Written by PMcGee, published January 23rd, 2013. 6 comment(s).
I think I first found photos of Star-Jet on IPDB, when I was doing an advanced search for multiball games. First glance, I was smitten. I didn't care a whit about gameplay - I wanted it for that spaceage theme. Such a flash to the past with recollections stirred of the Jetsons and the Space Family Robinson. I tend to be a bit obsessive compulsive about some things, so once I saw this machine, I knew I had to have one. So I began my search.
I posted in the usual places - various newsgroups, bulletin boards, etc. No replies. Months went by, and I kept cruising eBay and watching Craigslist but nothing ever came up. One day I checked my pinball email account (don't we all have one of those) and lo and behold, I had a reply to my Mr. Pinball Classifieds ad. The gentleman stated that his friend had one, and would be interested in selling it. I thought immediately, yeah and your friend is in Nigeria and he would like me to cash this money order for him. I finally threw caution to the wind and said, here is my number, have your friend call me.
A couple of days later, got home and there was a message on my machine about Star-Jet. I called the seller who lived in Pennsylvania. In 1969 when the seller was 12 years old (and I was 12 years old), he was on his paper route and noticed a customer was moving. The moving van was full, and the customer had a pinball machine sitting on the sidewalk. The seller asked was it for sale, the customer said, yep for $75, newspaper earnings were raided and Star-Jet was taken home by the newspaper boy. He kept it for 42 years, and had never really thought of selling it before.
There were a couple of us posting on Mr. Pinball at the time regarding wanting to buy a Star-Jet. The seller had already been in contact with the other poster (bummer). He sent us both photos. The other prospective buyer needed time to think about it, needed to come up with the money and wanted a couple of days. I said I would send a certified check overnight! Star-Jet was mine. NAVL picked it up and delivered it on legs, absolutely no problem at all.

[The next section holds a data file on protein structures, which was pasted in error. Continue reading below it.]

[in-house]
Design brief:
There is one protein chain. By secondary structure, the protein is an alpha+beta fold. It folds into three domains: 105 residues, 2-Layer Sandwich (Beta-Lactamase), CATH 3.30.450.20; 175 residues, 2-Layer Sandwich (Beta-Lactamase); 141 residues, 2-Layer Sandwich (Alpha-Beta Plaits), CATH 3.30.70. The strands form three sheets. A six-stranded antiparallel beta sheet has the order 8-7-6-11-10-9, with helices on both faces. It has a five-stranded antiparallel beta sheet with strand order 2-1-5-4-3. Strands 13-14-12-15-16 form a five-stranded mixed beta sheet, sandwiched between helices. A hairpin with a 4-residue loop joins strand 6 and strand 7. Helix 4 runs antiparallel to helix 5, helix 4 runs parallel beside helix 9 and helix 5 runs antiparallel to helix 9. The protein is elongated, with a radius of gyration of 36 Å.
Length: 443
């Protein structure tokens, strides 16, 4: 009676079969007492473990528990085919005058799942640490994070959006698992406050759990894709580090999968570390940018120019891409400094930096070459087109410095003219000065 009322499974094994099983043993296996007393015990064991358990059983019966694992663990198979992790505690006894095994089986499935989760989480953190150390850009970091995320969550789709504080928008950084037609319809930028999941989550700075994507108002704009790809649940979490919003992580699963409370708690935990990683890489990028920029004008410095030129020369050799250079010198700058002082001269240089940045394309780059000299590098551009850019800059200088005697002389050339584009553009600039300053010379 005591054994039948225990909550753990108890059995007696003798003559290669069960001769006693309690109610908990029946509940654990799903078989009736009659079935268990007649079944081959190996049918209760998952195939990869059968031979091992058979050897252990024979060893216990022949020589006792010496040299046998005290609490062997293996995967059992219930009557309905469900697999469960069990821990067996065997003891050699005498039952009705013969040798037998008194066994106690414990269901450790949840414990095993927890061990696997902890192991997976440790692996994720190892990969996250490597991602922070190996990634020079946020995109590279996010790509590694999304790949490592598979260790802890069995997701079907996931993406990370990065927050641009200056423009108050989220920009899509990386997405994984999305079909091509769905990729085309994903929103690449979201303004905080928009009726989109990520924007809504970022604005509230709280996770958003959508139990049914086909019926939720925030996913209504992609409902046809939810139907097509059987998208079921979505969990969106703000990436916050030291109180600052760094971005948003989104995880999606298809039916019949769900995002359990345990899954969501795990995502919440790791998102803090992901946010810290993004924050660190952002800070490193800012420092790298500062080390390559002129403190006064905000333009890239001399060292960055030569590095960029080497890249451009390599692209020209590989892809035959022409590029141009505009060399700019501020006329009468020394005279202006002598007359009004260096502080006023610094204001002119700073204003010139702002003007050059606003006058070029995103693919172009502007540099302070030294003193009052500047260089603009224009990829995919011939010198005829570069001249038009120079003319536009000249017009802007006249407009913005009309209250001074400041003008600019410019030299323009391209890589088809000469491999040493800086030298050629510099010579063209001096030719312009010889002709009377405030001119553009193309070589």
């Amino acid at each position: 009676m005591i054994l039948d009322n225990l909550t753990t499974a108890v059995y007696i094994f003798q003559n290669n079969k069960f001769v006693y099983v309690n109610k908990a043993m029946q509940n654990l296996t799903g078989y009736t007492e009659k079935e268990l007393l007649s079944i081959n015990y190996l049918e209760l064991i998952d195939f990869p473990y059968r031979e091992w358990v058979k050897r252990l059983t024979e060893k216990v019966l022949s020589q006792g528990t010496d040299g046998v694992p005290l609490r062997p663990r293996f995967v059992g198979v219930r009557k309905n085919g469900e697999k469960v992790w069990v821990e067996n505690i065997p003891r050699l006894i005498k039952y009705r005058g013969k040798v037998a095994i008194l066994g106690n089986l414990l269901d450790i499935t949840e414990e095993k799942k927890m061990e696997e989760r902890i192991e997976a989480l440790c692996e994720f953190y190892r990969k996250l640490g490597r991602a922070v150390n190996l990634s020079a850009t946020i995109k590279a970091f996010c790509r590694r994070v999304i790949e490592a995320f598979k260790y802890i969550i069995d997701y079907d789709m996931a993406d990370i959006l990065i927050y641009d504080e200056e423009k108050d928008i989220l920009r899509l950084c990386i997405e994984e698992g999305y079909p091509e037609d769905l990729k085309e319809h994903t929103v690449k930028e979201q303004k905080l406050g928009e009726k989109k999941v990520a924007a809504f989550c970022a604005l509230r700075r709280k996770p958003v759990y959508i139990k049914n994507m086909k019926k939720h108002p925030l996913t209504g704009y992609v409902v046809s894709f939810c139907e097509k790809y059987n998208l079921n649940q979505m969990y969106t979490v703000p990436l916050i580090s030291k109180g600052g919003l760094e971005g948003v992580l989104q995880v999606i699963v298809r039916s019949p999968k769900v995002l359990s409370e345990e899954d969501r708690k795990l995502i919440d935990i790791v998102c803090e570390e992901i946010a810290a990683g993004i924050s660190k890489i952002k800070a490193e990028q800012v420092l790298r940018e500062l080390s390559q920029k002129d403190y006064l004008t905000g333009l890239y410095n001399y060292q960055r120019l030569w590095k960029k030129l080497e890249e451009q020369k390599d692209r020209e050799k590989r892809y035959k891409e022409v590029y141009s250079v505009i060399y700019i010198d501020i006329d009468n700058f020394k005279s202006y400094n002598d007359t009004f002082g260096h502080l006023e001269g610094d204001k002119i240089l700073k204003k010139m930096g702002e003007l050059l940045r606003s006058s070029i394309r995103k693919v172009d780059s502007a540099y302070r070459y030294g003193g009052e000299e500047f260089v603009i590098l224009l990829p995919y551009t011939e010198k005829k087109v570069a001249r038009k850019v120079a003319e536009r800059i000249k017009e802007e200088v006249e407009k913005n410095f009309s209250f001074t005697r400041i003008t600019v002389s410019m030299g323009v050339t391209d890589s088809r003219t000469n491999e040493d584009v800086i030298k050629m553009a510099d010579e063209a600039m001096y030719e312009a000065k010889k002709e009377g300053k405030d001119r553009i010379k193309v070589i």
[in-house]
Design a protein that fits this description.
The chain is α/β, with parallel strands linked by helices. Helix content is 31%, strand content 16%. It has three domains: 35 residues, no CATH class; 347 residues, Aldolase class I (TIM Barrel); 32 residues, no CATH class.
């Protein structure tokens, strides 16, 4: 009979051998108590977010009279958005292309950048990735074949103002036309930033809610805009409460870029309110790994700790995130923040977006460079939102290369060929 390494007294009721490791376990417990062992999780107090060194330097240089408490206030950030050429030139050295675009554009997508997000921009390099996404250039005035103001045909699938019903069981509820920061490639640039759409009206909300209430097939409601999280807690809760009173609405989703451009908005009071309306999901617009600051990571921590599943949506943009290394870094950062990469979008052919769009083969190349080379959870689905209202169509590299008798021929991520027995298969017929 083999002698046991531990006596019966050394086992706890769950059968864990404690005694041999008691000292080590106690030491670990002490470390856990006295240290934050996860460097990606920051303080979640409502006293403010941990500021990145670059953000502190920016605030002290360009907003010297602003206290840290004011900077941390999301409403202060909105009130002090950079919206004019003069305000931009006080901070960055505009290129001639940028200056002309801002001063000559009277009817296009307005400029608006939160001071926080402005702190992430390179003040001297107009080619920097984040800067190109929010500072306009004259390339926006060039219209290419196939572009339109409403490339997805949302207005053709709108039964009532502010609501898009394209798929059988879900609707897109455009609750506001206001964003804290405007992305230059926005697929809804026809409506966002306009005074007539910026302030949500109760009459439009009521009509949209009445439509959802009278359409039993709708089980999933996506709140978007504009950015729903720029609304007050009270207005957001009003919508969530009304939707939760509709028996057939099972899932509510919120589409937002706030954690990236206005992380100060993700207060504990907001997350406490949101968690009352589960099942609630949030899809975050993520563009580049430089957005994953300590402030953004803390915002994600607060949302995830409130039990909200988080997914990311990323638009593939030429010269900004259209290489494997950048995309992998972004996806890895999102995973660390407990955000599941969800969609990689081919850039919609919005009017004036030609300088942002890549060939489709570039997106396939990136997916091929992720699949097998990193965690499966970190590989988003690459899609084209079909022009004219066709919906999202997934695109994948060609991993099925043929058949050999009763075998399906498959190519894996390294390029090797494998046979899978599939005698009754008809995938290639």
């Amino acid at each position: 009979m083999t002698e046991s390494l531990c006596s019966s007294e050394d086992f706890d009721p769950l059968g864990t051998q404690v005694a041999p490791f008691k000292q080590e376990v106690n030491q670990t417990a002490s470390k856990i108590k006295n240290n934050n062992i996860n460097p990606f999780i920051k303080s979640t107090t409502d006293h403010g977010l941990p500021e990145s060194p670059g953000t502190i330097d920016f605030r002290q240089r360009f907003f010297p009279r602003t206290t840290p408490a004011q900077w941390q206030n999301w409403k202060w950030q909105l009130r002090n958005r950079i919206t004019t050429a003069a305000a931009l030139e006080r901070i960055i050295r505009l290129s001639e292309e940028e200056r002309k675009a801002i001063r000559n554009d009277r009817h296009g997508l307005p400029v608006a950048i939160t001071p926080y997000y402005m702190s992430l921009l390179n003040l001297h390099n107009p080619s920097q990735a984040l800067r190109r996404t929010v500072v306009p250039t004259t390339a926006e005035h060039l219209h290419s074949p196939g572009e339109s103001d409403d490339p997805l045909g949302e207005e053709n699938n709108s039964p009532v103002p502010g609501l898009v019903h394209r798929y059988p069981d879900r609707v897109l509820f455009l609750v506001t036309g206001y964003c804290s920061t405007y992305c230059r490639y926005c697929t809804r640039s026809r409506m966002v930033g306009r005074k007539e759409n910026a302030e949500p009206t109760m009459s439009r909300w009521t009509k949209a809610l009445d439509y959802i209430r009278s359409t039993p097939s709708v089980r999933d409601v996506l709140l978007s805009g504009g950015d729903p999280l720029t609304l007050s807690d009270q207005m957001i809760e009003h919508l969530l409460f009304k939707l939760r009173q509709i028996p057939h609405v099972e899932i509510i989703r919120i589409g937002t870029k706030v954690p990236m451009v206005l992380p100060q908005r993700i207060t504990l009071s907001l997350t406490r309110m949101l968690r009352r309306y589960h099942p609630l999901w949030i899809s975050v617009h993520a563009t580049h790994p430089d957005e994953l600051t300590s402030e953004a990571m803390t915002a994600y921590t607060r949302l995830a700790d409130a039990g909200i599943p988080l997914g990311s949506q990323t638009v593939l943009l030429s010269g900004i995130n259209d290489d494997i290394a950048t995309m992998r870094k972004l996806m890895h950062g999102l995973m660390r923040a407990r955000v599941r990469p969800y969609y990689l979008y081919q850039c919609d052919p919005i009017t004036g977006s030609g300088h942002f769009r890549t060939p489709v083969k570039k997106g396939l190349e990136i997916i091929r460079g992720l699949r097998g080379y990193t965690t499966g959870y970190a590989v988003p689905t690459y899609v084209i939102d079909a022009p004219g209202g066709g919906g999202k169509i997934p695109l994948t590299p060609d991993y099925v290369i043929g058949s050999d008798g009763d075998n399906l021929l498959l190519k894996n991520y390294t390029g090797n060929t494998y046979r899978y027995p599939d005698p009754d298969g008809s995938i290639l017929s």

It was rough! Woodscrews holding down playfield posts, rubber stuck to the playfield in places, wrong bumper caps, wrong targets. A couple of the plastics were warped, and one had a chunk out of it (I fashioned a Lexan protector and it looks fine). There were a couple of areas of wear on the playfield, around the flippers and slingshots, but otherwise it was in relatively good shape albeit covered in a healthy layer of grime. Rubber was deteriorated terribly, but the seller said his kids were still playing it on occasion. The backglass was in better shape than many of the photos of other machines that I had seen online. It has some touched up areas around the edges, and some crackling in spots. (I bought the repro from Shay last year, but have not installed it. I decided my original backglass was good enough.)
Dirty as it was, I plugged it in and it played! Not 100%, but better than most of the pins I had bought at that time. Then I began the task of taking it apart and doing a detailed cleaning of the playfield and playfield parts. Over the years it had been occasionally taken apart for cleaning or repair, and it was put back together in a haphazard way - probably by a teenager. It took me a while to figure out the proper configurations of the red, yellow and white posts, but once I did I realized that all of the original posts were present and accounted for. I was able to buy correct bumper caps and standing targets from PBResource, and picked up a few coils for the flippers and pop bumpers. It cleaned up pretty nicely, but I had trouble getting everything to work properly.
Backglass and playfied photos are "before" - I may have wiped the playfield down a bit, but I think these were taken the day I received it.
Star-Jet probably does not get played as often as it should, since we have 50 or so other machines in our collection from which to choose. It always gets lots of comments, and of all the machines we have it is the one most photographed by visitors. It does catch your eye.
We took it to the 2012 Houston Arcade Expo, to let people see what we consider to be a rare and cool machine with original patina. It held up pretty well, considering the jokers who kept trying to lift it to make it release the captured balls.
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